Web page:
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Minding the brass: good enough for the Romans. Good enough for the Munros

A brass christening bowl. - Ursula Maxwell-Lewis photo
A brass christening bowl.
— image credit: Ursula Maxwell-Lewis photo

Champagne may have heralded your 2011, but mine began with Brasso.

As the Keeper of Munro Brass I am plagued with a sacred clan duty. Polish the family brass. Thankfully the breastplates vanished with the ancient Romans. Driven by elbow grease, flannel, and departed Celts, I do my duty.

‘Doing the brasses’ was a weekly ritual at Greengates, my grandmother’s Scottish home. Built in the late 1800s, the old stone house sported endless brass doorknobs, cavernous plant pots, and barleycorn candlesticks sufficient for a state dinner.

My reflection twinkles in the newly polished brass rose bowl. I picture the family gathered before the fireplace in my grandmother’s sitting room. The Rev. Alpine “Alpie” McAlpine, mother’s cousin, ready to christen me realizes there’s no Christening bowl. Mother, too weak to attend, knows the doctor has already advised the Munros I am too ill to survive. Isa, mother’s elder sister, dashes across the snowy February street to return with her brass rose bowl. Alpie now proceeds with the ritual.

Between prayers, blessings, and my infirm grandmother’s unshakable faith and ministrations, the medical prognosis proved wrong. “I’ve raised 11 children and not lost one yet. I don’t intend to lose this one!” she informed the doctors firmly. Three decades later my three Canadian children were christened from the same rose bowl in Alberta and California. The girls wore my tiny lace christening gown. I pause to mop up tears. My beloved younger cousin, Alison, was christened in the same gown, and from the same bowl. Cancer claimed her two years ago.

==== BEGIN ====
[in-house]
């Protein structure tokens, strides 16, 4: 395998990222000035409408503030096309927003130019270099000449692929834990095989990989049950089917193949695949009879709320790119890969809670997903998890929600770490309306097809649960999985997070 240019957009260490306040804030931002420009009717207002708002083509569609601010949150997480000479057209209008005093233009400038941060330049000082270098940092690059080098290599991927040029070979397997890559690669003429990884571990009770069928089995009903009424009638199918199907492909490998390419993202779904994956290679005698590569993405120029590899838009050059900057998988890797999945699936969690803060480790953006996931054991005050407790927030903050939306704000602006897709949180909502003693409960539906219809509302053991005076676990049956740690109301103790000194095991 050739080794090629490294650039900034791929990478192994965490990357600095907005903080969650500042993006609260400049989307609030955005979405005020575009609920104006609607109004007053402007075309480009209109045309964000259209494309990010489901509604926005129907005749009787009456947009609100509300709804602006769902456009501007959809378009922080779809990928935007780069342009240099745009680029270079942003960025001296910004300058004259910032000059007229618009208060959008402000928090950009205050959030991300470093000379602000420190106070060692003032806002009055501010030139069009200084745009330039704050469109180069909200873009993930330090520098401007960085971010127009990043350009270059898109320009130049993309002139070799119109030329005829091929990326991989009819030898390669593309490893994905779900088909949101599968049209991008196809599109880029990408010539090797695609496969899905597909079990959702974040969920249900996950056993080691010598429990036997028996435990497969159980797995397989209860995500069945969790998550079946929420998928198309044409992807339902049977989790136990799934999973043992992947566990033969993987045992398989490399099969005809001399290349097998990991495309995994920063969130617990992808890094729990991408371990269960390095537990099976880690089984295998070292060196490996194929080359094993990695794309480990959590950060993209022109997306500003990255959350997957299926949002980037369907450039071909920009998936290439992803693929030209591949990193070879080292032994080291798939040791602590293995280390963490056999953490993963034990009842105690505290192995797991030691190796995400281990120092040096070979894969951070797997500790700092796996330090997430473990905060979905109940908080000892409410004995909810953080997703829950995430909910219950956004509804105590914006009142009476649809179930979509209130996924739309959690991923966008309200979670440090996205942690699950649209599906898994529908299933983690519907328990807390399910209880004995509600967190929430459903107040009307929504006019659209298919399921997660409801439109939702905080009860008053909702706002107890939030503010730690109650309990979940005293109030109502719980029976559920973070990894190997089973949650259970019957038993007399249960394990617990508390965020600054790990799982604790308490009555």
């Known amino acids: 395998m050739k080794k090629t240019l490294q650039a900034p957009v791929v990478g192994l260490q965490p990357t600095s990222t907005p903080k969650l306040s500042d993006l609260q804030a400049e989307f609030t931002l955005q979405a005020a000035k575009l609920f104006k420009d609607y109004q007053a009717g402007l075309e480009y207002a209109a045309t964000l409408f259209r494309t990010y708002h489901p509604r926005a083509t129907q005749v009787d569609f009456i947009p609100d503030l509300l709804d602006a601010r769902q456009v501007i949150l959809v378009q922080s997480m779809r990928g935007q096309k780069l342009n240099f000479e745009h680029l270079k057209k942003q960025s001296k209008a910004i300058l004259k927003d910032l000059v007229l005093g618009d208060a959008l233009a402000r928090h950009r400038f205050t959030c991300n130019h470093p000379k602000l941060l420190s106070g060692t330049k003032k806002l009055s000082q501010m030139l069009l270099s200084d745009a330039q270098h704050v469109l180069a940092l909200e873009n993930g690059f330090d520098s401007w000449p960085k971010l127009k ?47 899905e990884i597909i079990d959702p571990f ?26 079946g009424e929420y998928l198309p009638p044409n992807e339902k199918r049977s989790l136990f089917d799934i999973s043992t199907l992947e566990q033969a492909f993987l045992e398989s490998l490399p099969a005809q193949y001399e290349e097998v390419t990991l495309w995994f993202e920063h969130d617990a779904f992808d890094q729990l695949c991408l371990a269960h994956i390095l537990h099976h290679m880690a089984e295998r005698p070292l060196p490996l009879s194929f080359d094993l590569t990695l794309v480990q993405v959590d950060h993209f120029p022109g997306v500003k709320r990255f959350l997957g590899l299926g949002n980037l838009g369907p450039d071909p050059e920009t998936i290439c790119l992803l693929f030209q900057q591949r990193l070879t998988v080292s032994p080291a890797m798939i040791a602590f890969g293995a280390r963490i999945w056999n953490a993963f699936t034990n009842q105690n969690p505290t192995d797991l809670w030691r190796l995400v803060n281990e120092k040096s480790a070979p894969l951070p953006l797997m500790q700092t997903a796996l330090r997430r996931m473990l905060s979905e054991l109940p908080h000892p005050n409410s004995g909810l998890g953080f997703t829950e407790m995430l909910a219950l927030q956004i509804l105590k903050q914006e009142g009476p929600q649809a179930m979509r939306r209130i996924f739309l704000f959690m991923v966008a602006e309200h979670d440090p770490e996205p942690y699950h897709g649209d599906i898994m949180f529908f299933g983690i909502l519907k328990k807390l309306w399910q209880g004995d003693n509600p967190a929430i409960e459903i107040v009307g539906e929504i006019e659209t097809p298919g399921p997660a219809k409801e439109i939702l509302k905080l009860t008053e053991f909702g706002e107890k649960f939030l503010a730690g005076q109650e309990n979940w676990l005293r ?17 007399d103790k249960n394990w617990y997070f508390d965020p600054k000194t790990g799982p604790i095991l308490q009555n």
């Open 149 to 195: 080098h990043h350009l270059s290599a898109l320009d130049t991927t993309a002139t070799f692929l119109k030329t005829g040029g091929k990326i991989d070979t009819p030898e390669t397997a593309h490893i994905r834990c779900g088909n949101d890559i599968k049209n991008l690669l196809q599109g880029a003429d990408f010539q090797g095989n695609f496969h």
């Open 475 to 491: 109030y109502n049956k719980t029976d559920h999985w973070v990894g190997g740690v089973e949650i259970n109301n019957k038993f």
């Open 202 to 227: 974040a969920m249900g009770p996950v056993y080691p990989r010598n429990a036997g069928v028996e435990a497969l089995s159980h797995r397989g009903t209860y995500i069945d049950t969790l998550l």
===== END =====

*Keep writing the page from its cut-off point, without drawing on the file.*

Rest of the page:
Next the warming pan with the long turned oak handle, and the engraving of Anne Hathaway’s Cottage. Maids in the 1800’s filled the pan with hot coals. Sliding it between linen sheets it warmed many household beds. It is awkward to polish, but worth the effort. I return it to its place on the wall.

Among the candlesticks is a lead weighted one mother purchased for five shillings in London in the 1920s. She said it took her hours to clean. It invariably reminds me of the candle stick Wee Willie raced around the city with in the nursery rhyme.

The etched tray I picked up in a Morocco Souk gets a final rub, before I address the toasting fork with Holyrood Palace (the official residence of the monarch in Scotland) on the handle. How often I‘d used it to toast bread over glowing coal fires perched at my grandmother’s feet.

Unlike mother and grandmother, “our’ brasses are now polished when tarnish bothers my conscience…and always at New Year. Aladdin-like the polishing produces an elusive djinni who subliminally returns me to my fellow polishers - mother and the now absent Munro women.

Of course, as a Scottish child who shared a room with an Inverness ghost, I can be persuaded to believe anything.

– Ursula Maxwell-Lewis is a travel writer, photographer, and editor. She can be reached at utravel@shaw.ca



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